Garden suites now approved by City of Toronto

Over three years after small laneway houses began popping up in Toronto’s back alleys, the City of Toronto has now passed approval to add a new type of housing to its supply — garden suites.

What is a Garden Suite? Garden suites, similar to laneway homes, in that they are a secondary small homes facing towards the house and its garden, ideally at the back of a lot. 

Garden suites in Toronto will likely be a more modest version of a laneway suite.  Laneway suites can up to 850 square feet – the size of a generous 2 bedroom condo in Toronto.   This will be an ideal situation for properties that are long and narrow, where a homeowner can add a rental suite or second property without severing the land.

This is not a new idea – coach houses have been around for a hundred years, and can still be found in the City.   However, they are usually found in old, established neighborhoods because they were designed for horses and their tack for the wealthy upper class. 

Converted Coach House in High Park Toronto


Toronto’s Planning and Housing Committee adopted the motion to expand the rules that currently make it easier for homeowners to build laneway suites to include garden suites as well and approved the vote on the matter Feb. 2.

Currently, someone would have to rezone their backyard to build a garden suite, which requires a public process and approval from neighbours, whereas laneway suites have “as-of-right” permission, which means special approval is not needed.

Under the current proposal, suites could have a footprint up to 650 square feet, compared to 860 square feet for laneway suites, and could be two stories with a maximum height of six metres.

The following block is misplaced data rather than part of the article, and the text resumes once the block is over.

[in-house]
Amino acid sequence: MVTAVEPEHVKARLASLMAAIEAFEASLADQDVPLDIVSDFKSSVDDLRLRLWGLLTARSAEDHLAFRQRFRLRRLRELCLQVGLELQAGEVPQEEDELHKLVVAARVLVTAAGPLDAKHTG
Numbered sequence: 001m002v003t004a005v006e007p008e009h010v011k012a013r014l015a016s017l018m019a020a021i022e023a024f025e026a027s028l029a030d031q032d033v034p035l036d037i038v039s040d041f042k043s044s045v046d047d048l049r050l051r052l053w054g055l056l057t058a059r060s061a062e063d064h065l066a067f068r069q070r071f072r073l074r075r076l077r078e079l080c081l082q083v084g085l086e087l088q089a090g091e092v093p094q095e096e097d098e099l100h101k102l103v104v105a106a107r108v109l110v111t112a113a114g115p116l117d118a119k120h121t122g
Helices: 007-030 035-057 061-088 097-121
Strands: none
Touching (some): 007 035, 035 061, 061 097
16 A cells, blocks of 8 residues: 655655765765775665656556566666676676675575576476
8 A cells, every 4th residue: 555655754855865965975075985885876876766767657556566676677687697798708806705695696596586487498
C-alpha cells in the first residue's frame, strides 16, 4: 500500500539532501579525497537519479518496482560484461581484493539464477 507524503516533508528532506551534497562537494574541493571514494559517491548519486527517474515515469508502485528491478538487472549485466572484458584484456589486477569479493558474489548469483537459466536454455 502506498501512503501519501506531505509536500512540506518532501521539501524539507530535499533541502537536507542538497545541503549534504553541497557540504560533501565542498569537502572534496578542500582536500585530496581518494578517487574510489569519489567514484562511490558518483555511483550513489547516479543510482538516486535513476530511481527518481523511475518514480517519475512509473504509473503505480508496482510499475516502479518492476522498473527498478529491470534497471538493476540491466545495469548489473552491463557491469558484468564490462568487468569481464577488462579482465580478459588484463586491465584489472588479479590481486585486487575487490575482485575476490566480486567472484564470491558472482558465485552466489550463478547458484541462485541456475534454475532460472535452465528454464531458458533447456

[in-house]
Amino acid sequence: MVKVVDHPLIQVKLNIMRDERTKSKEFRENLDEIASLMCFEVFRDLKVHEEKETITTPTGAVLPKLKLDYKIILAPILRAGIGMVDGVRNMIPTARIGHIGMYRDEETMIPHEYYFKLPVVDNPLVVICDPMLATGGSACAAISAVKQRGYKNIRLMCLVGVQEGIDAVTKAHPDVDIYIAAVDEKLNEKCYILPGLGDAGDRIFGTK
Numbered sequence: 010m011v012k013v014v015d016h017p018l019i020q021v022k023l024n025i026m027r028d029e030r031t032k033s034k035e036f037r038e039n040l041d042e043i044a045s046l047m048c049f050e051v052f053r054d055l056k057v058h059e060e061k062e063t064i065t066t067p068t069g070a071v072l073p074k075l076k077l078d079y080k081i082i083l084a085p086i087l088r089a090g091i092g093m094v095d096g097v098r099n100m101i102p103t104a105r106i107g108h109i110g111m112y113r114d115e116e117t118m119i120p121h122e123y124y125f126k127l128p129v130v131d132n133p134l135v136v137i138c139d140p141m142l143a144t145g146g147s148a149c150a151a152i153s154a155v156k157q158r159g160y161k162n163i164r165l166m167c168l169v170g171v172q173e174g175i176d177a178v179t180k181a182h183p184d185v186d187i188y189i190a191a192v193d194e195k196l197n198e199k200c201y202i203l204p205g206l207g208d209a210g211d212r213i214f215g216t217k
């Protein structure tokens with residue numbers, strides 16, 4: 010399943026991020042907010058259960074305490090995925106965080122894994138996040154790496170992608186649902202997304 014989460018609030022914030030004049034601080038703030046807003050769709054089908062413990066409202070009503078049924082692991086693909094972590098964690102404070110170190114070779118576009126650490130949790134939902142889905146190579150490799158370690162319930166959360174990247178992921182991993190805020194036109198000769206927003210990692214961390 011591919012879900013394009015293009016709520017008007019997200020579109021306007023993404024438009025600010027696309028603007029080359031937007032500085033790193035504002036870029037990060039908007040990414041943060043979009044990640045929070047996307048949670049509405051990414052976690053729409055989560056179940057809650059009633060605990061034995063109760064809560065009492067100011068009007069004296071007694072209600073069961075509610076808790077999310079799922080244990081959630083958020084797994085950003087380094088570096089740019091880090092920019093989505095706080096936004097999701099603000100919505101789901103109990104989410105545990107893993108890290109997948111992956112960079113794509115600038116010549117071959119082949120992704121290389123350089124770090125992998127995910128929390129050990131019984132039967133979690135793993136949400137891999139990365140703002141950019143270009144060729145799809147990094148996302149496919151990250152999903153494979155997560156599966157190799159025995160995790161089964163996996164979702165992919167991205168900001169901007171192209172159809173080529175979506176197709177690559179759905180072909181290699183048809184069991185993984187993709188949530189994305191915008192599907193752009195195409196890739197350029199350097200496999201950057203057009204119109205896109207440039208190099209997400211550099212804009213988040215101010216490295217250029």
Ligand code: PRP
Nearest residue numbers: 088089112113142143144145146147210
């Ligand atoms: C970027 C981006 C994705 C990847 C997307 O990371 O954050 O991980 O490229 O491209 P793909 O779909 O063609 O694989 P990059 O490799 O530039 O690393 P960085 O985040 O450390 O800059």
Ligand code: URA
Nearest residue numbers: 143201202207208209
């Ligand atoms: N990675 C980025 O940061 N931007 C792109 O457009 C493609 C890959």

Garden suites are one element in a multi-pronged effort to add supply to Toronto’s housing market, which has faced a crunch for years that has resulted in skyrocketing prices.

Several years ago, laneway suites were permitted.  Already, there are 250 permits for laneway suites, which is quickly increasing.   Experts predict garden suites could quadruple the number of secondary suites in the city in 10 years time.

Laneway house in Dovercourt Park, Toronto


Why is the City of Toronto allowing this? 

In line with the Provincial Planning act, the city is reinforcing the mandate to add more density in housing to accommodate future growth in the area.  And, if you’ve been following the extraordinary jump in housing prices recently, supply of new homes is critical.  

As a matter of fact, in the Scarborough Community Renewal Organization Town Hall presentation last week put on by the organization & the City of Toronto, many areas in Scarborough are increasing density with the approval of densification (condos) around major malls and transportation hubs like GO station.   

Additionally an important part of the plan is to increase the “missing middle”.  The Missing Middle refers to buildings that contain a higher density than a single-family house and a lower density than a mid-rise building. This type of typology includes laneway housing, duplexes, triplexes, fourplexes (and other 'plexes'), townhouses, and low-rise apartment buildings.